Gwinnett Arena drops Ticketmaster
By: Meghan Kotowski
DULUTH -- If you missed the group at the free Final Four concert on Saturday, British trio Muse is coming to the Arena at Gwinnett Center with special guests, Cage the Elephant, the arena announced Monday.
But if you want to purchase tickets, you can't look them up on Ticketmaster anymore. The Gwinnett Center is transitioning to AXS Ticketing, which was developed by and is operated by AEG. The Duluth venue announced its partnership with the Los Angeles-based international sports, entertainment and venue organization in March.
"Ticketmaster has been a great partner for about 16 years, but we just felt it was time to change," Gwinnett Center General Manager Joseph Dennis said. "We're excited about AXS and its innovative systems."
Over the next few months, the Gwinnett Center will wean from Ticketmaster to its new ticketing system.
"All of our Ticketmaster shows are going to burn off," Dennis said. "We have shows to about July. All of the new shows will be AXS platform."
Those new shows include the Muse concert, Gwinnett Center International Film Festival in July and Ringling Bros. and Barnum & Bailey presents "Built to Amaze" in February.
In the next two months, approximately seven additional shows will be announced at Gwinnett Center using AXS Ticketing, including family, speaking, sporting, adult contemporary and country events.
With AXS, attendees should notice a lower price, since there is no processing fee per ticket, and a more user-friendly online experience, said Bryan Perez, AEG's president of digital, ticketing and media.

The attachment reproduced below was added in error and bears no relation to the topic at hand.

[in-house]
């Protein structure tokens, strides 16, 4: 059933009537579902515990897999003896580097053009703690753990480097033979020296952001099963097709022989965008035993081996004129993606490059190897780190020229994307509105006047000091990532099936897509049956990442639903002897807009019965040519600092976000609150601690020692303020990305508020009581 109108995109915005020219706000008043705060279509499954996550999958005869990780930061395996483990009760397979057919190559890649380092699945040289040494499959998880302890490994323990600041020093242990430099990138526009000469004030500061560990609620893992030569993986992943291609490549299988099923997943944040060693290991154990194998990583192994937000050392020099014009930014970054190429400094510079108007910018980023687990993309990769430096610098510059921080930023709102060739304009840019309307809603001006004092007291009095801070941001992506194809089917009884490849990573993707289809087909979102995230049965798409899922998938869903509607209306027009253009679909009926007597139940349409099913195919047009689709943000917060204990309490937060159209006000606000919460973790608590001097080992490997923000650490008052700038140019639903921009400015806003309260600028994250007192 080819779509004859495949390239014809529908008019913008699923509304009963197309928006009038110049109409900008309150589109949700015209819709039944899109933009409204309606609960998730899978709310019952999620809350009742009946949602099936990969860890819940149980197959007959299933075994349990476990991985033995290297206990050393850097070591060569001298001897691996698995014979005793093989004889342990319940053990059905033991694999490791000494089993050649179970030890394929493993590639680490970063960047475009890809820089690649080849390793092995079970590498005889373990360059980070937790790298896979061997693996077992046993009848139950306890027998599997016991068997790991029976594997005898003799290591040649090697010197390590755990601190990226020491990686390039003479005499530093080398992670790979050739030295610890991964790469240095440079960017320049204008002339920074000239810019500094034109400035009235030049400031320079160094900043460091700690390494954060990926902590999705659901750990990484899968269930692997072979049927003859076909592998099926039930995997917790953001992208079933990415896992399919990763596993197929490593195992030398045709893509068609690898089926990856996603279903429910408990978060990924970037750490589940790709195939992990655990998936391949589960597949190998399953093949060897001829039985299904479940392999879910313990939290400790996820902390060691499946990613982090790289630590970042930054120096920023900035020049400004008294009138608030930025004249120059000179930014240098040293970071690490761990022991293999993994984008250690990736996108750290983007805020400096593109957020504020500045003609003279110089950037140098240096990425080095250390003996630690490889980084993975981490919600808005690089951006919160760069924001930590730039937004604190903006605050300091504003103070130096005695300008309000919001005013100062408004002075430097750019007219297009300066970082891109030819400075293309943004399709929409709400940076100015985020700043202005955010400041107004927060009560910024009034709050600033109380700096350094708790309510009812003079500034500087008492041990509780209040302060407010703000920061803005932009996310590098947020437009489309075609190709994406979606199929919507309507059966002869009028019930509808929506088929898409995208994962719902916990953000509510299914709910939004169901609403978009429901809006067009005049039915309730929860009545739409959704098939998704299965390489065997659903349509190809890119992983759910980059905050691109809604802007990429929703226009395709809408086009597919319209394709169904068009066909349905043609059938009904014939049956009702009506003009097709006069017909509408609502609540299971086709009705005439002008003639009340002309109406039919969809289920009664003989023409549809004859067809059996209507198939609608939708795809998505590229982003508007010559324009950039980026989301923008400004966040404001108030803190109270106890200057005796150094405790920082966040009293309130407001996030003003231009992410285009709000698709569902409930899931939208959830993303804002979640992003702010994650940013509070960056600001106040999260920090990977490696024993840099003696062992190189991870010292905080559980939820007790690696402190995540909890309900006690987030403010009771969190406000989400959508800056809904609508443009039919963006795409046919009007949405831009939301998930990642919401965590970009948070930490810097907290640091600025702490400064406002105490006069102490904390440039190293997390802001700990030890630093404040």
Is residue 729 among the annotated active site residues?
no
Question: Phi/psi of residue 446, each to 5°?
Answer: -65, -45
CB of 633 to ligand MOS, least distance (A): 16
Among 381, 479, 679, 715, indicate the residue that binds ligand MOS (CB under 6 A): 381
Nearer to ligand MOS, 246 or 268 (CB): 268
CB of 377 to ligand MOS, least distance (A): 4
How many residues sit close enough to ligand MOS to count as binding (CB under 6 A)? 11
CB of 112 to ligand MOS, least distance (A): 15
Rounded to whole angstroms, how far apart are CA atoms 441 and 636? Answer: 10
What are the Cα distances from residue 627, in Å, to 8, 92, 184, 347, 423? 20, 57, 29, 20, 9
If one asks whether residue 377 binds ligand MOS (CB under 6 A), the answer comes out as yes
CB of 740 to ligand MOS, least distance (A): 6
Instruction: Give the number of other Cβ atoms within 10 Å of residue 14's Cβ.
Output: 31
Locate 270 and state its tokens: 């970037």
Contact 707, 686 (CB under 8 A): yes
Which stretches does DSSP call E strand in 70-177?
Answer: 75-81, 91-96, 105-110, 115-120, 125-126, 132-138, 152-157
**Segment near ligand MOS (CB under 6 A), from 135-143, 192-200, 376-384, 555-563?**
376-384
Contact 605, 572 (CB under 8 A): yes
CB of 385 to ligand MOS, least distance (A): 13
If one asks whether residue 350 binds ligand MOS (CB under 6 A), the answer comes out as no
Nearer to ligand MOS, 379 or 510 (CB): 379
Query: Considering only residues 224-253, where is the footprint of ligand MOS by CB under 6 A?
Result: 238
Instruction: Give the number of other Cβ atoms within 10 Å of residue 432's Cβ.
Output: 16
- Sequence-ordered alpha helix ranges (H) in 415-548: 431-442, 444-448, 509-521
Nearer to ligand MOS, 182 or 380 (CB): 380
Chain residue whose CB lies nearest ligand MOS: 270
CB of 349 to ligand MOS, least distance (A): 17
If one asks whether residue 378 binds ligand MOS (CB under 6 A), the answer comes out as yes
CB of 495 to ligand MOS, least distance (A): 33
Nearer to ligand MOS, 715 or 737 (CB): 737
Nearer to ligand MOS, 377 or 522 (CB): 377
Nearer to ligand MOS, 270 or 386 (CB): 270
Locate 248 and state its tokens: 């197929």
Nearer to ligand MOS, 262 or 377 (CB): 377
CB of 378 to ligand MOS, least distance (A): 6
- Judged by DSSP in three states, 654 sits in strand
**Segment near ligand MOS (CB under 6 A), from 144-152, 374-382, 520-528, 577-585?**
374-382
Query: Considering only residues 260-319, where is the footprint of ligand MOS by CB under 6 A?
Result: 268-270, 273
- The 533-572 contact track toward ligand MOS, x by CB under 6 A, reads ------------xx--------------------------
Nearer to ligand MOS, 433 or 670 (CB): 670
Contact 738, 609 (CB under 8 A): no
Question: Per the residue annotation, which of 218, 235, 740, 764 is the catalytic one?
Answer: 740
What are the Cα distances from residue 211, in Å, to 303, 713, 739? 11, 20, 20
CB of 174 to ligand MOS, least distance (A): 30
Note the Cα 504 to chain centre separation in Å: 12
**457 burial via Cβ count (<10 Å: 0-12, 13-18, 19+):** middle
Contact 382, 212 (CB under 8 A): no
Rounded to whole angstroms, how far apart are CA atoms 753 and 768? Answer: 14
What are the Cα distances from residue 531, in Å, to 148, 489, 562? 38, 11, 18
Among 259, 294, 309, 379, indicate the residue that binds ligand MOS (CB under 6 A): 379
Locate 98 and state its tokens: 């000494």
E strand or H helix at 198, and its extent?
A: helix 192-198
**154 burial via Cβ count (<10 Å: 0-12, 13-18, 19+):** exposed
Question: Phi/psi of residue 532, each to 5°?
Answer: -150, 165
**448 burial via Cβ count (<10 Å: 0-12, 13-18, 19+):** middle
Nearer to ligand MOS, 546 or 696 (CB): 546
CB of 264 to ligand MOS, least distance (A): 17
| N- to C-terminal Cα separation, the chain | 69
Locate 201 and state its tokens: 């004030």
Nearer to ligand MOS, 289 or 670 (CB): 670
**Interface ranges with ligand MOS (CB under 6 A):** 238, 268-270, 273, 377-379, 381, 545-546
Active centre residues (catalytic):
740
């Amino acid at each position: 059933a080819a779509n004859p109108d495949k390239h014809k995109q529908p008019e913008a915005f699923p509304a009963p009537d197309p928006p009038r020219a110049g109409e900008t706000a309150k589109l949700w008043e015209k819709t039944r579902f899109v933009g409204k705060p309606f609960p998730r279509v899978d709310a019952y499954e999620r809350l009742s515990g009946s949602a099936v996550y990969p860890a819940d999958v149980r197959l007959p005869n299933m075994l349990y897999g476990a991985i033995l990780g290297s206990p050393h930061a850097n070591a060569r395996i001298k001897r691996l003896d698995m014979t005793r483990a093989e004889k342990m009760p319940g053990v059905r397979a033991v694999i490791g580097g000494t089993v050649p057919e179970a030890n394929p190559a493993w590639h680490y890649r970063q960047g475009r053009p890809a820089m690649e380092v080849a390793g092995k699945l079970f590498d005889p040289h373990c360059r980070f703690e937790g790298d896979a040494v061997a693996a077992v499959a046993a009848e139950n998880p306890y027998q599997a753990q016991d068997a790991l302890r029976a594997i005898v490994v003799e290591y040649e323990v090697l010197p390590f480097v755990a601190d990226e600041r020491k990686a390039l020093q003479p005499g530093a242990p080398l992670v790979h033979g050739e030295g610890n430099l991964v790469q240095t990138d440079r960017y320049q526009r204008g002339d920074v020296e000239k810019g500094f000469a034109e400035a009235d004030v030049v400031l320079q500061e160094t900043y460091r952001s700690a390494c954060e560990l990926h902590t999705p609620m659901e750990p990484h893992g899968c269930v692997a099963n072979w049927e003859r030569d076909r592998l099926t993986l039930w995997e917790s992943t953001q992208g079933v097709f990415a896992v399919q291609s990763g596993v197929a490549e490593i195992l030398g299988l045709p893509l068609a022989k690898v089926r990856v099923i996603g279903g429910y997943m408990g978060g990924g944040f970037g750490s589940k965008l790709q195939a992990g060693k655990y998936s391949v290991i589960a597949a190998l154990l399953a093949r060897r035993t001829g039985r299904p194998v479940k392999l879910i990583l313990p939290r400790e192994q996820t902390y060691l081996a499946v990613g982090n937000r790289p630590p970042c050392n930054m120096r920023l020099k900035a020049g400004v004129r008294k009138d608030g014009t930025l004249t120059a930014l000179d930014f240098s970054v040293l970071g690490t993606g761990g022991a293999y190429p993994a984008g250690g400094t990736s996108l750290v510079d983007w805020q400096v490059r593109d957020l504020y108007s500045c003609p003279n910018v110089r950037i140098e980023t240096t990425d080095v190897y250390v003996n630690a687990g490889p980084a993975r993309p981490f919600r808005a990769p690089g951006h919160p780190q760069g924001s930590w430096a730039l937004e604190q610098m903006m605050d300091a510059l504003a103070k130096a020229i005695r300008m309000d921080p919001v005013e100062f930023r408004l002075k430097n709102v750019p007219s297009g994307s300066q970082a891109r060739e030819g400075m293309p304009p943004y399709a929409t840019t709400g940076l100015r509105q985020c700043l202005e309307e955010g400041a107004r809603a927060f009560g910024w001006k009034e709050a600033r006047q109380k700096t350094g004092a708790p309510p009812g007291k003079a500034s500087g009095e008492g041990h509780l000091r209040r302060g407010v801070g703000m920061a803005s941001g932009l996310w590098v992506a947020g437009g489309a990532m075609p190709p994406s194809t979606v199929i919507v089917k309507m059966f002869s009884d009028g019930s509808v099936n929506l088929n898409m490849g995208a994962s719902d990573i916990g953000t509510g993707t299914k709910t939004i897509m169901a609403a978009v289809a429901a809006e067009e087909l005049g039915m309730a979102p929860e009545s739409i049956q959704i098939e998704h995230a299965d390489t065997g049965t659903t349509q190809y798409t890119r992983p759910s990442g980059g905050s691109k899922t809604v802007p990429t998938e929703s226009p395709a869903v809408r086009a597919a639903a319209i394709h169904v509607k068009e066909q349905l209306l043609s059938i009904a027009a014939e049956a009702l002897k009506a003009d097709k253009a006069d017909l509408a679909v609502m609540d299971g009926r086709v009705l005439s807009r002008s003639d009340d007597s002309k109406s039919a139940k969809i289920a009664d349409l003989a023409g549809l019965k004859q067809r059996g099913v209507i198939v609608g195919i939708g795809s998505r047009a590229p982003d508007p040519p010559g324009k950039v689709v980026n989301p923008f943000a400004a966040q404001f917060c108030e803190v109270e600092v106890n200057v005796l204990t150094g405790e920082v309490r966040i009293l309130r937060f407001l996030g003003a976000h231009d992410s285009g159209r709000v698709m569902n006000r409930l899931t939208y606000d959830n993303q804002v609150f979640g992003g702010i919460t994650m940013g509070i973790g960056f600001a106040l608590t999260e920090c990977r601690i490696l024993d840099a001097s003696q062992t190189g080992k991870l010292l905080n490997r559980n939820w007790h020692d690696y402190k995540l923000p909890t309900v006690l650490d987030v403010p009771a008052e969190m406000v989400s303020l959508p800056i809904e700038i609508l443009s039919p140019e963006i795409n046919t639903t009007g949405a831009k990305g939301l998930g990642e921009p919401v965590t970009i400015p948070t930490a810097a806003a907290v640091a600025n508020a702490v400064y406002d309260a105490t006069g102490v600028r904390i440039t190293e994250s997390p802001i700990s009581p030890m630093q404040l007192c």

"There's no surprises. You will know how much your ticket is immediately," he said. "There's no last minute fees and you know what the ticket inventory is in real time."
Plus, purchasers can look at a 3-D seating chart to pick the best available spots.
AXS also offers two other features for fans, including the virtual AXS Waiting Room.
"We're trying to make the on-sale experience more pleasing," Perez said. "Saturday morning, a gun goes off, everyone is trying to buy tickets at once. It's a confusing process that I think the fan has become used to."
To help stop the confusion, the Waiting Room was created to shorten purchasers' transaction times by allowing fans to enter their payment details prior to general tickets going on sale.
This feature also allow venues to see the demand for tickets at any given time before and during the sale.
Another feature is AXS Invite, where one person can purchase tickets for a group of people, but instead of fronting the entire bill, reserved seats are available for their friends to buy in a 48-hour period. The original buyer can spread the word about the seats through email and Facebook.
The ticketing system is used around the world at some of the most attended venues, including the Staples Center in Los Angeles, Best Buy Theater in New York's Times Square and The O2 arena in London.
"(The response has) been really positive from the other venues," Perez said. "With AXS Invite, the average number of tickets people are ordering verses regular purchasing has increased 13 to 40 percent. People are liking it because it was an easier process."
The Muse concert is slated for Sept. 4 and tickets go on sale Friday at 10 a.m. through www.gwinnettcenter.com, The Arena at Gwinnett Center Box Office or by calling 1-888-9-AXS-TIX. Prices range from $49.50 to $59.50.
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